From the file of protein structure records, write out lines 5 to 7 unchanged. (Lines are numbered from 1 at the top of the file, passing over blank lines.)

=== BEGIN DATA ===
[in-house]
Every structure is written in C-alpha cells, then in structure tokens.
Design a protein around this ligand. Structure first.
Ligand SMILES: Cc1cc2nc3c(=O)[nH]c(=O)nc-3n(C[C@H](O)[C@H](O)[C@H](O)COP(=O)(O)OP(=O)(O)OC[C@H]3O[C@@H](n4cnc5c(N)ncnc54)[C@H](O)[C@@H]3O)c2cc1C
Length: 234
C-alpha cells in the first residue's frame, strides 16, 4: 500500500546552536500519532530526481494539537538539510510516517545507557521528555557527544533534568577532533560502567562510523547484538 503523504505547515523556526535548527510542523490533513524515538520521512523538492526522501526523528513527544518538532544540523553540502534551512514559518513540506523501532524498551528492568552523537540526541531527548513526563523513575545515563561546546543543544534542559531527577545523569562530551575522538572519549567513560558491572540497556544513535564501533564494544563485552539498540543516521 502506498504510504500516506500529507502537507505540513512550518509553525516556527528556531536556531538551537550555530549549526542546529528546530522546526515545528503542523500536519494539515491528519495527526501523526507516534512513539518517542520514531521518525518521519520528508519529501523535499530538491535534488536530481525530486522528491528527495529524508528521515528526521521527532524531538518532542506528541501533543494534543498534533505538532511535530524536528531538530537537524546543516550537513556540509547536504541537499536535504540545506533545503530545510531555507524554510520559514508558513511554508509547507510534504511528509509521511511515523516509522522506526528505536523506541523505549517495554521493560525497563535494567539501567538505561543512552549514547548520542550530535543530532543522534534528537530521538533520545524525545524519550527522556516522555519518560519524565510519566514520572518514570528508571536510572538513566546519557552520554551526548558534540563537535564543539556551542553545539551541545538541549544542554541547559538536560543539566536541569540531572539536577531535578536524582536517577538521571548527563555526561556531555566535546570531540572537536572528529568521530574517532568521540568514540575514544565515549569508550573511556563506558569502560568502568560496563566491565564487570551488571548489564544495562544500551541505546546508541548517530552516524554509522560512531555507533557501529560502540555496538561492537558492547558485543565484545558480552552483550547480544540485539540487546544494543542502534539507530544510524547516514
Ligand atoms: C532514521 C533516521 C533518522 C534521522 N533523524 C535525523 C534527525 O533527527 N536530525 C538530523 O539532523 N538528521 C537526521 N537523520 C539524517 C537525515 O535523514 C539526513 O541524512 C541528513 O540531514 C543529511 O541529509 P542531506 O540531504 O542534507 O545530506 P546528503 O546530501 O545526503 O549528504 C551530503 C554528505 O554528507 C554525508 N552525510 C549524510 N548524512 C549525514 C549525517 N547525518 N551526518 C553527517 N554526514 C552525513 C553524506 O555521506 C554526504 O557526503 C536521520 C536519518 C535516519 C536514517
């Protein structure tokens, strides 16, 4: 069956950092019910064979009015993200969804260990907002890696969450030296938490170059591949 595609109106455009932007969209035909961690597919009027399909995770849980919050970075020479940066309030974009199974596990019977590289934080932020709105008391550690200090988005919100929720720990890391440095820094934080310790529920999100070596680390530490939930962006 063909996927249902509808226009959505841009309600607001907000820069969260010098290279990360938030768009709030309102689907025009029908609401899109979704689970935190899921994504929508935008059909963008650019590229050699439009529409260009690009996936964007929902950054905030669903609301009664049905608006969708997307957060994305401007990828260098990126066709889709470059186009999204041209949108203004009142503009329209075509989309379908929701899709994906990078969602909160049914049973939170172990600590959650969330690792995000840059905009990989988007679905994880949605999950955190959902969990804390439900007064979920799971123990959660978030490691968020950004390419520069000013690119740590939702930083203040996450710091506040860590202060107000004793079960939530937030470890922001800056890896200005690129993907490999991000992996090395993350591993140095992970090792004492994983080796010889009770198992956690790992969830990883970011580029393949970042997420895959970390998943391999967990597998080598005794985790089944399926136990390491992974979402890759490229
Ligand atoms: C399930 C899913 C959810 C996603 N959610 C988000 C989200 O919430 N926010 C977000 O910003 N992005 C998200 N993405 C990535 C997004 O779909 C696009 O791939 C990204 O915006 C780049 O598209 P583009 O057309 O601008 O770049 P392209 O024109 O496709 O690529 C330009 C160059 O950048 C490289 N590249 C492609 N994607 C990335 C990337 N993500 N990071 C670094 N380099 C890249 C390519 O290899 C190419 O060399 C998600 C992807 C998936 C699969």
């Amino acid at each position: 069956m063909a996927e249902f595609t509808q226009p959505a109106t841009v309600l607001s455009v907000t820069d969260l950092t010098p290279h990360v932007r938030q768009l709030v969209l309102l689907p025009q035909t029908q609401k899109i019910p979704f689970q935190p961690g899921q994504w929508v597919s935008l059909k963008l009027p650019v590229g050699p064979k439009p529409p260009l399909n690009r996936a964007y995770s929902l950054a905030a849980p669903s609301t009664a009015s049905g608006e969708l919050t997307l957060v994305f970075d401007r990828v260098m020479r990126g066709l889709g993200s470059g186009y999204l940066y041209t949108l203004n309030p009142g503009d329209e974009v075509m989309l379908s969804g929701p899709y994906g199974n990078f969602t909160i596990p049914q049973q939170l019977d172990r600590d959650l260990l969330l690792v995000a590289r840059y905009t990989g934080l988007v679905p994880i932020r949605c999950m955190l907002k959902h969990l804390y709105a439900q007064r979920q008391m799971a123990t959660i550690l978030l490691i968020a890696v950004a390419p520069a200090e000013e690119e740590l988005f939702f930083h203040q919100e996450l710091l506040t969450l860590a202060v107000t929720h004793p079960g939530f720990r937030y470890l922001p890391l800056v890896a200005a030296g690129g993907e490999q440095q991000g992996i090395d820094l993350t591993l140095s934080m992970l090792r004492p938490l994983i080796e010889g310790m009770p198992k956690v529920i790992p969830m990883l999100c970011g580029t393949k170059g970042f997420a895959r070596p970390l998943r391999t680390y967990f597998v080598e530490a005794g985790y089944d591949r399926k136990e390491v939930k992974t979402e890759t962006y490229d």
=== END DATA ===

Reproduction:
Length: 234
C-alpha cells in the first residue's frame, strides 16, 4: 500500500546552536500519532530526481494539537538539510510516517545507557521528555557527544533534568577532533560502567562510523547484538 503523504505547515523556526535548527510542523490533513524515538520521512523538492526522501526523528513527544518538532544540523553540502534551512514559518513540506523501532524498551528492568552523537540526541531527548513526563523513575545515563561546546543543544534542559531527577545523569562530551575522538572519549567513560558491572540497556544513535564501533564494544563485552539498540543516521 502506498504510504500516506500529507502537507505540513512550518509553525516556527528556531536556531538551537550555530549549526542546529528546530522546526515545528503542523500536519494539515491528519495527526501523526507516534512513539518517542520514531521518525518521519520528508519529501523535499530538491535534488536530481525530486522528491528527495529524508528521515528526521521527532524531538518532542506528541501533543494534543498534533505538532511535530524536528531538530537537524546543516550537513556540509547536504541537499536535504540545506533545503530545510531555507524554510520559514508558513511554508509547507510534504511528509509521511511515523516509522522506526528505536523506541523505549517495554521493560525497563535494567539501567538505561543512552549514547548520542550530535543530532543522534534528537530521538533520545524525545524519550527522556516522555519518560519524565510519566514520572518514570528508571536510572538513566546519557552520554551526548558534540563537535564543539556551542553545539551541545538541549544542554541547559538536560543539566536541569540531572539536577531535578536524582536517577538521571548527563555526561556531555566535546570531540572537536572528529568521530574517532568521540568514540575514544565515549569508550573511556563506558569502560568502568560496563566491565564487570551488571548489564544495562544500551541505546546508541548517530552516524554509522560512531555507533557501529560502540555496538561492537558492547558485543565484545558480552552483550547480544540485539540487546544494543542502534539507530544510524547516514
Ligand atoms: C532514521 C533516521 C533518522 C534521522 N533523524 C535525523 C534527525 O533527527 N536530525 C538530523 O539532523 N538528521 C537526521 N537523520 C539524517 C537525515 O535523514 C539526513 O541524512 C541528513 O540531514 C543529511 O541529509 P542531506 O540531504 O542534507 O545530506 P546528503 O546530501 O545526503 O549528504 C551530503 C554528505 O554528507 C554525508 N552525510 C549524510 N548524512 C549525514 C549525517 N547525518 N551526518 C553527517 N554526514 C552525513 C553524506 O555521506 C554526504 O557526503 C536521520 C536519518 C535516519 C536514517